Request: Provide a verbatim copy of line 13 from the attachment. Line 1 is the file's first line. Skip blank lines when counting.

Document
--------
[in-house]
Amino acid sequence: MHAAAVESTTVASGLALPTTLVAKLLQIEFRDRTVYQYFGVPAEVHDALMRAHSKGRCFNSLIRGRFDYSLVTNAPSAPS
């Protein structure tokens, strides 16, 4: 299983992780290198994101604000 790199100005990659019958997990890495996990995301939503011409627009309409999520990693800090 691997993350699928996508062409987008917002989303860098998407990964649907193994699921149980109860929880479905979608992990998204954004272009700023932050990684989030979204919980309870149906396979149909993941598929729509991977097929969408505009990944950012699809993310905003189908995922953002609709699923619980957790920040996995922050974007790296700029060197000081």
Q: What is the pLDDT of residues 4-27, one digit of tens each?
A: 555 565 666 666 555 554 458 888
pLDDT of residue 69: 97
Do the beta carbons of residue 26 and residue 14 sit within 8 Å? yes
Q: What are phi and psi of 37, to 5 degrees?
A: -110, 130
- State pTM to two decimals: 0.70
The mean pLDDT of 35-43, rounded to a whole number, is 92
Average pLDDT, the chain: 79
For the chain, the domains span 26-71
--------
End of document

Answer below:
For the chain, the domains span 26-71